For too long for several decades in fact immigration was a democratic outlier.
And when politicians and commentators discussed immigration, we inevitability heard a discussion based on economics and culture.
A crucial principle which was overlooked, was the principle of democracy.
And it was seen as entirely proper for the British people to express their wishes at the ballot box on matters such as taxation, healthcare, education, pensions, international relations, the environment, and law and order.
And yet concerns about immigration its impact upon communities or control over immigration numbers or policy, would in some quarters be met with derision and scorn by parts of the political class.
Far too many politicians were indifferent to public opinion about this issue.
And too many were happy to assert that even raising the topic of immigration was racist.
It has taken a referendum and change in government for politicians to recognise that by choosing to ignore this issue, public frustration has also contributed and led to a reframing of this debate.
It is a fact that successive governments failed to control immigration and there are a whole number of reasons as to why.
The problems and unhappiness this caused by among the public became impossible for any politician to continue to ignore.
The British people voted to take back control of our borders in the 2016 EU referendum.
They then drove the message home again at the 2019 general election.
And political parties of every hue have an obligation and responsibility to face reality.
In 2016, the British people withdrew their consent to be governed - in part - by the European Union.
They also withdraw their support for a broken immigration system.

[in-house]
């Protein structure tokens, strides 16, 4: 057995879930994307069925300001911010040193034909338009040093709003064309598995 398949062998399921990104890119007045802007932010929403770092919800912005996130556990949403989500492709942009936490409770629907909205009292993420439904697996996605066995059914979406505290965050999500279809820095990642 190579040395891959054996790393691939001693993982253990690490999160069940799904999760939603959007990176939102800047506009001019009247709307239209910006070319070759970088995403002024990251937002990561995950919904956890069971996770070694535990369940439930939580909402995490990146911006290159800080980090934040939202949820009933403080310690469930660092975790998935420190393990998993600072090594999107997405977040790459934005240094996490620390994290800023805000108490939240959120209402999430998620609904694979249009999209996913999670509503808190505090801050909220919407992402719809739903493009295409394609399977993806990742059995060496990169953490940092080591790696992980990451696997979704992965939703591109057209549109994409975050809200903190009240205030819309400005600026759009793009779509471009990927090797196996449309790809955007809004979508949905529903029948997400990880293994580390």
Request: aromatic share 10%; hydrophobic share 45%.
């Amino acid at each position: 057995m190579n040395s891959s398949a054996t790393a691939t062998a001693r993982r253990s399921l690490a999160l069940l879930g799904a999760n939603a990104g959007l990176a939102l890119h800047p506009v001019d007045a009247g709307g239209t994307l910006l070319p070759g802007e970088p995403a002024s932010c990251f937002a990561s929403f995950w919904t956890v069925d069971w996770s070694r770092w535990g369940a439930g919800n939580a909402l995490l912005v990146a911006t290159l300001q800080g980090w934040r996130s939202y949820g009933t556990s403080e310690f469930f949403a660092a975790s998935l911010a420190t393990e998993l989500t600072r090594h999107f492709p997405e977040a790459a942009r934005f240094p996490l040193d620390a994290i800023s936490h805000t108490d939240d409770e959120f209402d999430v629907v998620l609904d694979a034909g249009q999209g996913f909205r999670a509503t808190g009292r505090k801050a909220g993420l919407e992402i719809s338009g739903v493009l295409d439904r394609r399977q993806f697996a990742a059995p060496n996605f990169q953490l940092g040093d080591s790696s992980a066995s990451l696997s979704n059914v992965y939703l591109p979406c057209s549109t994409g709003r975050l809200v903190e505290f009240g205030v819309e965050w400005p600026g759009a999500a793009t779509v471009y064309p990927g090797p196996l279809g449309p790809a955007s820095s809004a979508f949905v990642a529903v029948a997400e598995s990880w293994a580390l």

We, therefore, have a democratic mandate and imperative to fix it.
In addition to seeking to fix the broken system, we also have a responsibility to dispel many of the false myths and assertions around this issue.
Some still deny that immigration could ever be excessive, inanely claiming that it is only ever a question of adequate investment.
This is to deny reality.
People across the country do not want their communities and way of life to change beyond recognition.
And yet acknowledging this is not to be anti-immigration.
Neither I, the Prime Minister or our great country are anti-immigration.
And to those who say that I am they are wrong.
Instead they are seeking to sow dissent, rather than address the very concerns raised by the British public.
It is an undeniable fact that immigration has and continues to enrich - in every sense of the word - our nation immeasurably.
People from every part of the world are here in the UK and are making enormous contributions to our society, culture, economy, and individual lives.
We all cherish this. And I want this to be part of our national life and place in the world and for it to become stronger.
Immigration is part of my own story.
My family were forced from Uganda and they had the privilege to make a home in the UK.
They worked ferociously hard to keep a roof over our heads and secure a life for my family.
I owe them more than I can ever say.
I am a proud as a Briton and I am proud of my parents and of my British-Indian background.
And I join the millions of British Indians and children of migrant families who have established a life in one of the greatest countries in the world.
But there are many who struggle with this concept.
They do not speak for the silent majority who look to their government to establish appropriate measures and controls on who comes to and settles in the UK.
I believe in fairness and in law and order.
And I love our country just as much as someone whose great-great-grandparents were born here - and I want our nation to succeed.
The government is taking back control of immigration.
Because there is such a thing as too much immigration and such a thing as too little immigration.
And yes, the optimal level will be different at different times, and no, calculating it may not be an exact science.
That doesnt mean we should conclude it is hopeless.
The answer is to fix the system - to make it logical and fair.
The first thing we have done is restore public confidence in the immigration system.
Over the last few decades, public confidence in our broken system was shot to pieces.
But we have already taken a number of important steps, delivering on the election manifesto promises of ending free movement and introducing a new, points-based system.
We have published a fair but firm plan to stop people risking their lives on dangerous journeys to the UK, break the business model of people smuggling gangs, and speed up the removal of those with no legal right to be here.